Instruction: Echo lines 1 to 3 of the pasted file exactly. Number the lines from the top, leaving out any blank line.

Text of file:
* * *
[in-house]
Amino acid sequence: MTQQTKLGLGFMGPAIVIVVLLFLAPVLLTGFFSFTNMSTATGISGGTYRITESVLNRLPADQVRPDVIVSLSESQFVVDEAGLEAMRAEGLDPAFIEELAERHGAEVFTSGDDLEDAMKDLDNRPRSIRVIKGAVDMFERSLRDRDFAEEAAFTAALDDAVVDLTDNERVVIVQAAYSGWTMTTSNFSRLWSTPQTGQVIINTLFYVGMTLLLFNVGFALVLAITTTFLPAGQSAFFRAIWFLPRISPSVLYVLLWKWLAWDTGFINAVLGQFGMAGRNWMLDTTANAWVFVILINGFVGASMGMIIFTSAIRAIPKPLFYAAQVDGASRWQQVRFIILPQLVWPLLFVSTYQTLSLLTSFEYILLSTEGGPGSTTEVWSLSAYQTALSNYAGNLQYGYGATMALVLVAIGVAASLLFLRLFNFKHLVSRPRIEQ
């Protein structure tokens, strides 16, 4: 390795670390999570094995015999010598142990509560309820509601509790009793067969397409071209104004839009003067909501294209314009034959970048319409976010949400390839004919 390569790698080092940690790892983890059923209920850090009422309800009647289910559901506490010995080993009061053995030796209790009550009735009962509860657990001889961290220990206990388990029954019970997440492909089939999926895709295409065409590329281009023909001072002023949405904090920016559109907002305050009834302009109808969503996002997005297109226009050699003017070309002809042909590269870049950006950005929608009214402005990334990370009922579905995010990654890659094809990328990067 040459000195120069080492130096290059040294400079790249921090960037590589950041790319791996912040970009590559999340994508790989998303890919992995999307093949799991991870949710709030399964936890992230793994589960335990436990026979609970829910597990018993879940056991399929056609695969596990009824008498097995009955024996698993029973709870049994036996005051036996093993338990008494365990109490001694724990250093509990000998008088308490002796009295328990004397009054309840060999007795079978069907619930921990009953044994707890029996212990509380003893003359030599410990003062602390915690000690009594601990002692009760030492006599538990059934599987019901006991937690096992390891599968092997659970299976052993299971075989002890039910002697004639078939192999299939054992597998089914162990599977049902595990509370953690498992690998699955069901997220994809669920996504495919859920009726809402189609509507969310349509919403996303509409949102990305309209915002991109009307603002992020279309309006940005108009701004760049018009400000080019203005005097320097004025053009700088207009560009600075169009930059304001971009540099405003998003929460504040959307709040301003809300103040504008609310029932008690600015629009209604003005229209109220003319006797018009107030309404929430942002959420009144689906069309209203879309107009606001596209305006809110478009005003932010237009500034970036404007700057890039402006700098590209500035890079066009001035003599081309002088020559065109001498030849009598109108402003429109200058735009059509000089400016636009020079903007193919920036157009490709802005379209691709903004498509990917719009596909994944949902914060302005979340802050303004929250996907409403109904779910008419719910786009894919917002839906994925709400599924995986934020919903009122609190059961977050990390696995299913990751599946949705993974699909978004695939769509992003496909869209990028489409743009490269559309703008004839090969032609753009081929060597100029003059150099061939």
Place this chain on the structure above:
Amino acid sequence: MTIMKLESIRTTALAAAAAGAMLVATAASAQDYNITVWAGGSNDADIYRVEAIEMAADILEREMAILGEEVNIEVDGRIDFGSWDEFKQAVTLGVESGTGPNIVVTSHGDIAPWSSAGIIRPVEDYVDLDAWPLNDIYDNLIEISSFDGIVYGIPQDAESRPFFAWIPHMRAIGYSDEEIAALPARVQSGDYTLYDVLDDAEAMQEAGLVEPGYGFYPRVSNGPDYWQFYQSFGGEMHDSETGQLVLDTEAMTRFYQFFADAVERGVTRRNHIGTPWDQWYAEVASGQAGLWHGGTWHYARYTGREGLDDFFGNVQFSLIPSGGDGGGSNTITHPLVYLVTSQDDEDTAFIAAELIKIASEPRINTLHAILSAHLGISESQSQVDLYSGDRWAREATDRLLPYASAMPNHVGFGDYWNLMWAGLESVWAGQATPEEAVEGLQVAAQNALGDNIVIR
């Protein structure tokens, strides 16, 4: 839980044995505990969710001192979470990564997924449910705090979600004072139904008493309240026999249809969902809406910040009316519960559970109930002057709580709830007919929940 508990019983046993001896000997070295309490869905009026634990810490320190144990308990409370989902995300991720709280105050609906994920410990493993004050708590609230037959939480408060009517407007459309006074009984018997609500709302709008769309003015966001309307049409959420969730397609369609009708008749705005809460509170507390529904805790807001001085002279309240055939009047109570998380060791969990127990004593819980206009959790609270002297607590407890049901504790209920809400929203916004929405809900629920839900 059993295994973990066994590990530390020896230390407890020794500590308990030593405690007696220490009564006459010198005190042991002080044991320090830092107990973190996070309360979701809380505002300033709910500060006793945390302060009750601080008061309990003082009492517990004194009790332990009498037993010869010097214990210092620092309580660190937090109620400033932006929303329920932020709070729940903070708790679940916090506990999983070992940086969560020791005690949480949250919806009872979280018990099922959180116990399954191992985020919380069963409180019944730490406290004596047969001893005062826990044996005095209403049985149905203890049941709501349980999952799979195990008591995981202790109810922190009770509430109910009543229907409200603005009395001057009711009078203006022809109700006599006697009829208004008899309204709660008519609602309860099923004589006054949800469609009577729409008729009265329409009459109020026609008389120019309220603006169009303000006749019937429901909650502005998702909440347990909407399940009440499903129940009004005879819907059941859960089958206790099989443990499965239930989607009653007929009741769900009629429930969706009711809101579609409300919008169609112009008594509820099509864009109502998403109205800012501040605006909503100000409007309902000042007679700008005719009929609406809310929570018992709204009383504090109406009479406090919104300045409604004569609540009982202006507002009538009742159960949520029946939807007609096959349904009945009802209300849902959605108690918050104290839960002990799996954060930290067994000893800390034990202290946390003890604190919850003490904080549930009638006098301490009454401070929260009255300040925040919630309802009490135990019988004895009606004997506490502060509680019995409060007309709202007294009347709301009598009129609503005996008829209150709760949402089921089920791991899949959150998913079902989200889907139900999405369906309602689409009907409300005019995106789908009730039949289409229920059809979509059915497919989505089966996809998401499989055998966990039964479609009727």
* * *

[in-house]
Amino acid sequence: MTQQTKLGLGFMGPAIVIVVLLFLAPVLLTGFFSFTNMSTATGISGGTYRITESVLNRLPADQVRPDVIVSLSESQFVVDEAGLEAMRAEGLDPAFIEELAERHGAEVFTSGDDLEDAMKDLDNRPRSIRVIKGAVDMFERSLRDRDFAEEAAFTAALDDAVVDLTDNERVVIVQAAYSGWTMTTSNFSRLWSTPQTGQVIINTLFYVGMTLLLFNVGFALVLAITTTFLPAGQSAFFRAIWFLPRISPSVLYVLLWKWLAWDTGFINAVLGQFGMAGRNWMLDTTANAWVFVILINGFVGASMGMIIFTSAIRAIPKPLFYAAQVDGASRWQQVRFIILPQLVWPLLFVSTYQTLSLLTSFEYILLSTEGGPGSTTEVWSLSAYQTALSNYAGNLQYGYGATMALVLVAIGVAASLLFLRLFNFKHLVSRPRIEQ
């Protein structure tokens, strides 16, 4: 390795670390999570094995015999010598142990509560309820509601509790009793067969397409071209104004839009003067909501294209314009034959970048319409976010949400390839004919 390569790698080092940690790892983890059923209920850090009422309800009647289910559901506490010995080993009061053995030796209790009550009735009962509860657990001889961290220990206990388990029954019970997440492909089939999926895709295409065409590329281009023909001072002023949405904090920016559109907002305050009834302009109808969503996002997005297109226009050699003017070309002809042909590269870049950006950005929608009214402005990334990370009922579905995010990654890659094809990328990067 040459000195120069080492130096290059040294400079790249921090960037590589950041790319791996912040970009590559999340994508790989998303890919992995999307093949799991991870949710709030399964936890992230793994589960335990436990026979609970829910597990018993879940056991399929056609695969596990009824008498097995009955024996698993029973709870049994036996005051036996093993338990008494365990109490001694724990250093509990000998008088308490002796009295328990004397009054309840060999007795079978069907619930921990009953044994707890029996212990509380003893003359030599410990003062602390915690000690009594601990002692009760030492006599538990059934599987019901006991937690096992390891599968092997659970299976052993299971075989002890039910002697004639078939192999299939054992597998089914162990599977049902595990509370953690498992690998699955069901997220994809669920996504495919859920009726809402189609509507969310349509919403996303509409949102990305309209915002991109009307603002992020279309309006940005108009701004760049018009400000080019203005005097320097004025053009700088207009560009600075169009930059304001971009540099405003998003929460504040959307709040301003809300103040504008609310029932008690600015629009209604003005229209109220003319006797018009107030309404929430942002959420009144689906069309209203879309107009606001596209305006809110478009005003932010237009500034970036404007700057890039402006700098590209500035890079066009001035003599081309002088020559065109001498030849009598109108402003429109200058735009059509000089400016636009020079903007193919920036157009490709802005379209691709903004498509990917719009596909994944949902914060302005979340802050303004929250996907409403109904779910008419719910786009894919917002839906994925709400599924995986934020919903009122609190059961977050990390696995299913990751599946949705993974699909978004695939769509992003496909869209990028489409743009490269559309703008004839090969032609753009081929060597100029003059150099061939």